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Question

726. Deputy Michael Creed asked the Minister for Justice if the State operates a system of safe countries in which applicants for international protection from such countries are deemed to be inadmissible due to the satisfaction of the State with the rule of law, human rights, the independence of the court system and the treatment of minorities in such jurisdictions; and if she will make a statement on the matter. [13401/21]

Answer

Minister for Justice (Deputy Helen McEntee): There are two safe country concepts that can apply to applicants for international protection under EU law, namely Safe Country of Origin and Safe Third Country.
Under section 72 of the International Protection Act 2015, and the International Protection Act 2015 (Safe Countries of Origin) Order 2018 (Statutory Instrument no 121 of 2018), the following countries were designated as safe countries of origin with effect from 16 April 2018:
- Albania;
- Bosnia and Herzegovina;
- Georgia;
- Kosovo;
- Macedonia (Former Yugoslav Republic of);
- Montenegro;
- Serbia; and
- South Africa.
If an applicant for international protection in the State is from one of these countries, their application will still receive a full consideration on its merits in the International Protection Office (IPO). They are not deemed inadmissible merely by coming from one of these countries.
If the recommendation of an International Protection Officer is that the applicant should be given neither a refugee declaration nor a subsidiary protection declaration and includes the finding that they are from a safe country of origin, an appeal can be lodged in writing within 10 working days to the International Protection Appeals Tribunal (IPAT). Unless the IPAT considers it is not in the interests of justice to do so, it shall make its decision in relation to the appeal without holding an oral hearing.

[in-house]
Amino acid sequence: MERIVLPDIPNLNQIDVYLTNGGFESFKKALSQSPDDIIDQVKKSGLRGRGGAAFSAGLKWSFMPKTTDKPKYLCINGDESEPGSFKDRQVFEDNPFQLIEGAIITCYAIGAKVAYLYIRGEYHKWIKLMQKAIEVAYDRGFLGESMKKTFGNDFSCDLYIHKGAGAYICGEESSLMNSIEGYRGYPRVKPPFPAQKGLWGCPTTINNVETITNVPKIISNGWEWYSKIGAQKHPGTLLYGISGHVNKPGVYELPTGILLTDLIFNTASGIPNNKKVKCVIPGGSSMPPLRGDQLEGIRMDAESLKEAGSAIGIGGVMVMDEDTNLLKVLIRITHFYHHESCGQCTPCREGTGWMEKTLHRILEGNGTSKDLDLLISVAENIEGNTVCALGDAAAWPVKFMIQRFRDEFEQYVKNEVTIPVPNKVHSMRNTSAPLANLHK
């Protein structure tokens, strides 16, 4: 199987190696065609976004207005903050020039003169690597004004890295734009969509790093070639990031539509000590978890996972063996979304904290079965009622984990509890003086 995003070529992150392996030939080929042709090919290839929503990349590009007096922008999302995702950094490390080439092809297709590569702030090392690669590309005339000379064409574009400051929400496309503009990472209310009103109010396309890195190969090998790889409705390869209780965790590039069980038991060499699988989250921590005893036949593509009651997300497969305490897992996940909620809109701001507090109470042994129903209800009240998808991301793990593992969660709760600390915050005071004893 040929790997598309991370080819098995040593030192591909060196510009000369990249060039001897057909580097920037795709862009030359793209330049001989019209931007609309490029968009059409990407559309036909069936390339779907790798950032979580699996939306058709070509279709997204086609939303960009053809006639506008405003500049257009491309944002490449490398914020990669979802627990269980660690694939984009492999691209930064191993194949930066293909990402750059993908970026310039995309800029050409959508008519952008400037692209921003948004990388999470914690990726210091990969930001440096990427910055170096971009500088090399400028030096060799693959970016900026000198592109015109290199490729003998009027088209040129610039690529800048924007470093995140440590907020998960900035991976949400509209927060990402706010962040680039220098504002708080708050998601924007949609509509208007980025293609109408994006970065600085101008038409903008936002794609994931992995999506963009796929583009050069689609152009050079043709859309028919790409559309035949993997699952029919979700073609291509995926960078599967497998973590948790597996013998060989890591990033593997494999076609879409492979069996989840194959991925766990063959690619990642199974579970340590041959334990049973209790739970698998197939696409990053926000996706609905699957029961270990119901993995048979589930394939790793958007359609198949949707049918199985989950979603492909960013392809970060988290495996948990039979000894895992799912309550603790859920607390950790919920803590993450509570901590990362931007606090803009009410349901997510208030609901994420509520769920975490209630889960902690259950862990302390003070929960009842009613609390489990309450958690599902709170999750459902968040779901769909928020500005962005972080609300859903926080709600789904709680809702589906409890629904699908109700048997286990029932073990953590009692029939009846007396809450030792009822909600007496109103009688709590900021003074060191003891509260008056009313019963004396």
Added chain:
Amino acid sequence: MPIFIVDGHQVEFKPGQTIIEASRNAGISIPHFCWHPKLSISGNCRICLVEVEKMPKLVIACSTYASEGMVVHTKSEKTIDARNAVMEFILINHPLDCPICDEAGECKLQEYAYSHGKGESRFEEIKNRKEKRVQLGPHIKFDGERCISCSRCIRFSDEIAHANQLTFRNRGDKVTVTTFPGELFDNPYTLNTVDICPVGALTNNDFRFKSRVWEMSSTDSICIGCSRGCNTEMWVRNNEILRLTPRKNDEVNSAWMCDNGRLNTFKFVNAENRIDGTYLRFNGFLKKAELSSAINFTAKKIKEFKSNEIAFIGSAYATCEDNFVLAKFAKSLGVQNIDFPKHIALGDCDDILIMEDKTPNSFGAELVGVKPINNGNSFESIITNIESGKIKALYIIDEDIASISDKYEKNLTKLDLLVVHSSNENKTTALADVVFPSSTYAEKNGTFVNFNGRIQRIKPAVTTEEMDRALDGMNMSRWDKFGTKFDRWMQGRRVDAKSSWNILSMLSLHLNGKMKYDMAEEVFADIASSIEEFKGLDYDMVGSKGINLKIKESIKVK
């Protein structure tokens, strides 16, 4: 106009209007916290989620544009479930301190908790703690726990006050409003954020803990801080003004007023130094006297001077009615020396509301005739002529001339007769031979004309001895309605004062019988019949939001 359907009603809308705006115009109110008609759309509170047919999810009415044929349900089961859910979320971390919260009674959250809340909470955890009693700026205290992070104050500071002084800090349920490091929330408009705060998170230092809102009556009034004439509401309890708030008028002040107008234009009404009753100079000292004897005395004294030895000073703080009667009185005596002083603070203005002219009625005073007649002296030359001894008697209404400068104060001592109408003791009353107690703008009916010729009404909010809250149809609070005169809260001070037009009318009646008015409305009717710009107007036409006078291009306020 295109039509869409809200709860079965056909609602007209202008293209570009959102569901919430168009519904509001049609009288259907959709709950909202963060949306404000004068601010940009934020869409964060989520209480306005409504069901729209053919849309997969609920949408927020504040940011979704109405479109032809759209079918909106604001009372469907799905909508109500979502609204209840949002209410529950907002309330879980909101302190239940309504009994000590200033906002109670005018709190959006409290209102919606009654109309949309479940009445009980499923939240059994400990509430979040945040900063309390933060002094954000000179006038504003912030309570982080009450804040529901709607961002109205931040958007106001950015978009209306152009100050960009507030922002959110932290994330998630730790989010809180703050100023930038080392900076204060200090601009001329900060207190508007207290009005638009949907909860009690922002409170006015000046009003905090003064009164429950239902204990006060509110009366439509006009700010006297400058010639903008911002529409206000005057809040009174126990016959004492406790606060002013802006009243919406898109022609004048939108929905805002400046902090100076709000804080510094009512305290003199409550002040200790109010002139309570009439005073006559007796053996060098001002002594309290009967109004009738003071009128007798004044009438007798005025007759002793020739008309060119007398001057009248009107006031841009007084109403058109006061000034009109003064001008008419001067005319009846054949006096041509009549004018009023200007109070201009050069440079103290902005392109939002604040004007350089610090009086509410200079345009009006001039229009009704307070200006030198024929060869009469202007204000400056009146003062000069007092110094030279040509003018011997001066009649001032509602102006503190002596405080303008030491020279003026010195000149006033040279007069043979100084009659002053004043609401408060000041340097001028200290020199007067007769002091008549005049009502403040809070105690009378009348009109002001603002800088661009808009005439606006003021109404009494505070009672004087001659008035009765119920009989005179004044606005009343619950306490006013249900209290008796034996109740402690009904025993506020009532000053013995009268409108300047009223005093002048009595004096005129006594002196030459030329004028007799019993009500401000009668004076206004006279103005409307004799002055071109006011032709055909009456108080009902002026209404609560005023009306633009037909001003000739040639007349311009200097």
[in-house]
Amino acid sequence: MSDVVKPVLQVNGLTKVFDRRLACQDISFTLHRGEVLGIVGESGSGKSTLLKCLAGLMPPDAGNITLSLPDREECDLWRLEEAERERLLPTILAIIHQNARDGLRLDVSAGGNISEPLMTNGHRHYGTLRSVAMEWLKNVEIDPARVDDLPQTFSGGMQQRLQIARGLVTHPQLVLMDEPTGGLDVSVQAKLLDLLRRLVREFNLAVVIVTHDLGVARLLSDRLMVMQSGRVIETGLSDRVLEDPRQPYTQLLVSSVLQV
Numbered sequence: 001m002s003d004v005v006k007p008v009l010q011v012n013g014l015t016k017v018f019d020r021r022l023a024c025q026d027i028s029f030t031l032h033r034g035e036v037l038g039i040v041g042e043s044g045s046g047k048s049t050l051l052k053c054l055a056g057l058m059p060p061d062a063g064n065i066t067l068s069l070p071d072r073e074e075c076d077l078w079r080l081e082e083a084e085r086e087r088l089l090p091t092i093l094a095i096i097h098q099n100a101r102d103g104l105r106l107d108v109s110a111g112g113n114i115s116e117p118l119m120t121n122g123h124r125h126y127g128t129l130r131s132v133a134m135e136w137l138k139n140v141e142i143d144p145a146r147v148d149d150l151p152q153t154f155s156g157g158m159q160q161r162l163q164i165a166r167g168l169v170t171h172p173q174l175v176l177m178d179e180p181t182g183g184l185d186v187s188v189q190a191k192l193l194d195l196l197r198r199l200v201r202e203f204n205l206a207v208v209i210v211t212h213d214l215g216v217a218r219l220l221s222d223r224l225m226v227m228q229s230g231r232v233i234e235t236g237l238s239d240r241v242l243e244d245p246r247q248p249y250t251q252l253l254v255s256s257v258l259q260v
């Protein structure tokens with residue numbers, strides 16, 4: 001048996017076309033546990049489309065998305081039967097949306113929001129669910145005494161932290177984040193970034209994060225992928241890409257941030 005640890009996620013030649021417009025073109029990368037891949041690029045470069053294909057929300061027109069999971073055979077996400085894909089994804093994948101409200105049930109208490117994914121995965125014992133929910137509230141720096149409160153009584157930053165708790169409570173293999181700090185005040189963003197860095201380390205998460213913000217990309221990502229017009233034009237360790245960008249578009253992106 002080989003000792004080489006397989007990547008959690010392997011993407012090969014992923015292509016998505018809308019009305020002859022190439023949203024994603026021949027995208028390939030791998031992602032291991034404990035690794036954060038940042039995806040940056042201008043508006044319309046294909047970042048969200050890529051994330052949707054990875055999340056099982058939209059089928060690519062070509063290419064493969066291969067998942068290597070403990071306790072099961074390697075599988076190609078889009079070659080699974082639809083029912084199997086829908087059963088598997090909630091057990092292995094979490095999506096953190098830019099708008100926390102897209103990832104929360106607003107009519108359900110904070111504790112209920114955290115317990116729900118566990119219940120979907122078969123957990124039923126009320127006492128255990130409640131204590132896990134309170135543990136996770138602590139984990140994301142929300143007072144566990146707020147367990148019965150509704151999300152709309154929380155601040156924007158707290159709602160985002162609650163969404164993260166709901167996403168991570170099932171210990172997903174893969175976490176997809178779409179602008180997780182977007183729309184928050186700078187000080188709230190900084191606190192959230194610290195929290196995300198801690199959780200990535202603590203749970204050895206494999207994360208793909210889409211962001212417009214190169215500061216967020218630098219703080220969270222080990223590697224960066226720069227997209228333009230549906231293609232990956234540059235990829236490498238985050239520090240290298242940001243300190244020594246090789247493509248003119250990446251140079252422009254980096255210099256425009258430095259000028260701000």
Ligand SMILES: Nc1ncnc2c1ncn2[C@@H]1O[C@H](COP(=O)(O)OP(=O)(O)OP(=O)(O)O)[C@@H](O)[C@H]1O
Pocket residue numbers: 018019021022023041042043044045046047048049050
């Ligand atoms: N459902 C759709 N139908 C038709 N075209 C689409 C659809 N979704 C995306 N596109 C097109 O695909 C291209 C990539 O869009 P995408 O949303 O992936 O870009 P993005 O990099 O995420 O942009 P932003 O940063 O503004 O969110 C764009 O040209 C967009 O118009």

Part 18 of the Brexit Omnibus Act 2020, which was commenced at 11:00 pm on 31 December 2020, amends the International Protection Act 2015, to enable the Minister for Justice to designate a country as a Safe Third Country, where certain conditions are met in that country including:
- life and liberty are not threatened on account of race, religion, nationality, membership of a particular social group or political opinion;
- the principle of non-refoulement is respected; and
- the possibility exists to request refugee status and if found to be a refugee to receive protection in accordance with the Geneva Convention.
Where a person arrives here from a country designated as a Safe Third Country and claims international protection their application can be determined as inadmissible and the person returned to the safe third county for their application for protection to be considered there. This is in line with the EU Procedures Directive (2005/85/EU).
Before an application can be determined as inadmissible, the third country must be considered safe for the person concerned including that they will not be subjected to the death penalty, torture, or other inhuman or degrading treatment or punishment and they have a sufficient connection with that country such that it would be reasonable for them to be returned there.
Following the United Kingdom’s exit from the EU and an examination of the necessary criteria, the International Protection Act 2015 (Safe Third Country) Order 2020, came into effect from 11:00 pm on 31 December 2020. The Order designates the UK as a safe third country for the purpose of the International Protection Act 2015, and enables the Minister for Justice to determine an application for international protection as inadmissible where the person has arrived in the State from the UK and where the relevant criteria are met.